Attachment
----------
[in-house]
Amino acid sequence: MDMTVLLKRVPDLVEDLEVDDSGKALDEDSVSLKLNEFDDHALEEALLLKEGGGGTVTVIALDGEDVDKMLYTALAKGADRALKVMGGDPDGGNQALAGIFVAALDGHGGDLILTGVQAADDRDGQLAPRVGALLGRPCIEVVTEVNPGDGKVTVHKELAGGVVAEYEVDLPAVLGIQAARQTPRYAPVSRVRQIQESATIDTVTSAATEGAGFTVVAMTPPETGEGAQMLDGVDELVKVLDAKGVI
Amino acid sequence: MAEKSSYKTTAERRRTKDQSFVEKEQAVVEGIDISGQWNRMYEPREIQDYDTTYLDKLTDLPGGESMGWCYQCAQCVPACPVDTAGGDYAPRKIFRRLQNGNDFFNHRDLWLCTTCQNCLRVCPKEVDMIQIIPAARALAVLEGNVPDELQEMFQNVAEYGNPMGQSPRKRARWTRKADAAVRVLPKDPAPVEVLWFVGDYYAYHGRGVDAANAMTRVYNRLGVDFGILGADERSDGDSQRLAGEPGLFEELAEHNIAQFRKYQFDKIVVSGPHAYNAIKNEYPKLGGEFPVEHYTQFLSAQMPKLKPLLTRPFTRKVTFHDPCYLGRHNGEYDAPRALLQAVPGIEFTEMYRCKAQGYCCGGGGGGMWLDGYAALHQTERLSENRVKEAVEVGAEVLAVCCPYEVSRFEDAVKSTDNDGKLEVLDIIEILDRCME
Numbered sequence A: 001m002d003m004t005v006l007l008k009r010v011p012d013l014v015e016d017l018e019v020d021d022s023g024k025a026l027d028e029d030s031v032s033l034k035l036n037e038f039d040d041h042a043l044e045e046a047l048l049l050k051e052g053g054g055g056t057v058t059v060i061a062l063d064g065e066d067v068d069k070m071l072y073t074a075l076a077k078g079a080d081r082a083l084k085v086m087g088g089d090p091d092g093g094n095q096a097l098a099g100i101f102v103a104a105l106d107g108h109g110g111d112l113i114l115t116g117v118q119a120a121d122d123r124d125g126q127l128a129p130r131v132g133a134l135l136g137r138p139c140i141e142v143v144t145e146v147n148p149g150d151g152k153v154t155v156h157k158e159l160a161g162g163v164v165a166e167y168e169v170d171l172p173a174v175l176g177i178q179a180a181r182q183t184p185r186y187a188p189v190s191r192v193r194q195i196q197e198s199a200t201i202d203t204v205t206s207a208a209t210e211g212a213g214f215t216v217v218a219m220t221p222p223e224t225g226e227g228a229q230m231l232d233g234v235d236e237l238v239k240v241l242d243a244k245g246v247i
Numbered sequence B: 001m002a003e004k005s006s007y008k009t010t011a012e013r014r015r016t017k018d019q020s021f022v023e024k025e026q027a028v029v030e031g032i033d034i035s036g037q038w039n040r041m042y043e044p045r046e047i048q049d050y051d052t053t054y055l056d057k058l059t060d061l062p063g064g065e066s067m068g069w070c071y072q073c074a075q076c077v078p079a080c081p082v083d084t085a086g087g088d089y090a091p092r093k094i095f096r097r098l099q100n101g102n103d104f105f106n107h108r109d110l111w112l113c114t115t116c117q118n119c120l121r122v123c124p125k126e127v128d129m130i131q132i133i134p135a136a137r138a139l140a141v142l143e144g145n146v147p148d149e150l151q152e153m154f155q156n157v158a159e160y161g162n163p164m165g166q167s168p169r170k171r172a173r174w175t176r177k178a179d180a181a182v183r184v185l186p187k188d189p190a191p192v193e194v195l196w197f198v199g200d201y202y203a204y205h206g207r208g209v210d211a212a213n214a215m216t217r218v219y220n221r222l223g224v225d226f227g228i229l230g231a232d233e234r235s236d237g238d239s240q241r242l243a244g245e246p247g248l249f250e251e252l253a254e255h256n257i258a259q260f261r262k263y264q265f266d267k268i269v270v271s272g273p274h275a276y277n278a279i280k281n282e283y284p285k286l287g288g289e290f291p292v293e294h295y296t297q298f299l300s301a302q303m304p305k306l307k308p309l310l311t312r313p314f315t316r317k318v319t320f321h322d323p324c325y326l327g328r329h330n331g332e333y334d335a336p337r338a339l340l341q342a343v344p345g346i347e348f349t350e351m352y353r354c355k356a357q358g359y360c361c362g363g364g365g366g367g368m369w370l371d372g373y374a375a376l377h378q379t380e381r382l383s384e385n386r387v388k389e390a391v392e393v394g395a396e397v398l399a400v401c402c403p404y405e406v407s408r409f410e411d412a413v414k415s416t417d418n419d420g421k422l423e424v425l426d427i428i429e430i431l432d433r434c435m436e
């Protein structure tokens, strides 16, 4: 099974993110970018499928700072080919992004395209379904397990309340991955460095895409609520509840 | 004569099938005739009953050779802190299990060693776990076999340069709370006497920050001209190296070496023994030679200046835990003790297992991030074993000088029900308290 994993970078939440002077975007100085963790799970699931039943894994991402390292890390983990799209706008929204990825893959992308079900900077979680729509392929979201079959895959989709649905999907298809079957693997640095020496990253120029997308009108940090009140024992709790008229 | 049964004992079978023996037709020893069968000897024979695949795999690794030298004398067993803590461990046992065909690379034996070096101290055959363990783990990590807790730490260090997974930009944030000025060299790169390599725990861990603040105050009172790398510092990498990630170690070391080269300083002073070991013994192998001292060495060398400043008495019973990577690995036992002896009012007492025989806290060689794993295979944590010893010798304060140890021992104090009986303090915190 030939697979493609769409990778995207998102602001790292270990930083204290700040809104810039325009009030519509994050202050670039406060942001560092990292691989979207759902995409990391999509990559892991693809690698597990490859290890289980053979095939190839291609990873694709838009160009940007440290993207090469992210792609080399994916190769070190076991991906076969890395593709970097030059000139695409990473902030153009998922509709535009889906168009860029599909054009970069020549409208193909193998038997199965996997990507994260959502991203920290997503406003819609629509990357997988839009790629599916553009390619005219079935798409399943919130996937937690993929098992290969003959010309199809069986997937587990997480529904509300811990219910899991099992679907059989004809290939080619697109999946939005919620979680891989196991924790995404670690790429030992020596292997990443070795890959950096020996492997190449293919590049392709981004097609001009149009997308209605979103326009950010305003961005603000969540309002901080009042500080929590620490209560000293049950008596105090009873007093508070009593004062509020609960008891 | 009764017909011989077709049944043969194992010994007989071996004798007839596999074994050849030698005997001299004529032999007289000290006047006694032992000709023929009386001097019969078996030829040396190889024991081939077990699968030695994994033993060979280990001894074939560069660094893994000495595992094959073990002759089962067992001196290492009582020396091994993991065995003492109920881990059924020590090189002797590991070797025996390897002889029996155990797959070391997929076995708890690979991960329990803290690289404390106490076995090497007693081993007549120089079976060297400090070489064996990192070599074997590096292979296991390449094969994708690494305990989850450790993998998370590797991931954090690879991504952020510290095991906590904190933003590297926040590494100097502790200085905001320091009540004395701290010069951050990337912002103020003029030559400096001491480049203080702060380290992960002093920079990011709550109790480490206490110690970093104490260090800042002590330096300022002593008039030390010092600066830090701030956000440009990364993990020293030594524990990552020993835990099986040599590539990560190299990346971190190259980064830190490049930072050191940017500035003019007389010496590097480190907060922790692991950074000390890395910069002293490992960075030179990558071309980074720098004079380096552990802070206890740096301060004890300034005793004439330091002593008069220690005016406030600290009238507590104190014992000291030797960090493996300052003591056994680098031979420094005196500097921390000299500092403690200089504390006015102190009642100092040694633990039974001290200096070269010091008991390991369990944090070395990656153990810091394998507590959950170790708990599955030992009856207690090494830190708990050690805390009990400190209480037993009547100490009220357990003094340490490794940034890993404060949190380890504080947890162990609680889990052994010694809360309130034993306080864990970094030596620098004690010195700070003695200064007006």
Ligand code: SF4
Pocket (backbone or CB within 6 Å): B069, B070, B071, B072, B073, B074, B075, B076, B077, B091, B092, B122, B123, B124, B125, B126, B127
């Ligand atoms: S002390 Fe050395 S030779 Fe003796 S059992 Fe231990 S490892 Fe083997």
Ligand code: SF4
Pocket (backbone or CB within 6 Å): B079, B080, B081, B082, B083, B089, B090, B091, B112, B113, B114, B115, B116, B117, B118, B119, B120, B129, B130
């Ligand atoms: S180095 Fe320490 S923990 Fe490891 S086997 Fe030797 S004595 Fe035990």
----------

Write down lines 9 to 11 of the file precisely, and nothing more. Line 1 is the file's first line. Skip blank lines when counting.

């Ligand atoms: S002390 Fe050395 S030779 Fe003796 S059992 Fe231990 S490892 Fe083997």
Ligand code: SF4
Pocket (backbone or CB within 6 Å): B079, B080, B081, B082, B083, B089, B090, B091, B112, B113, B114, B115, B116, B117, B118, B119, B120, B129, B130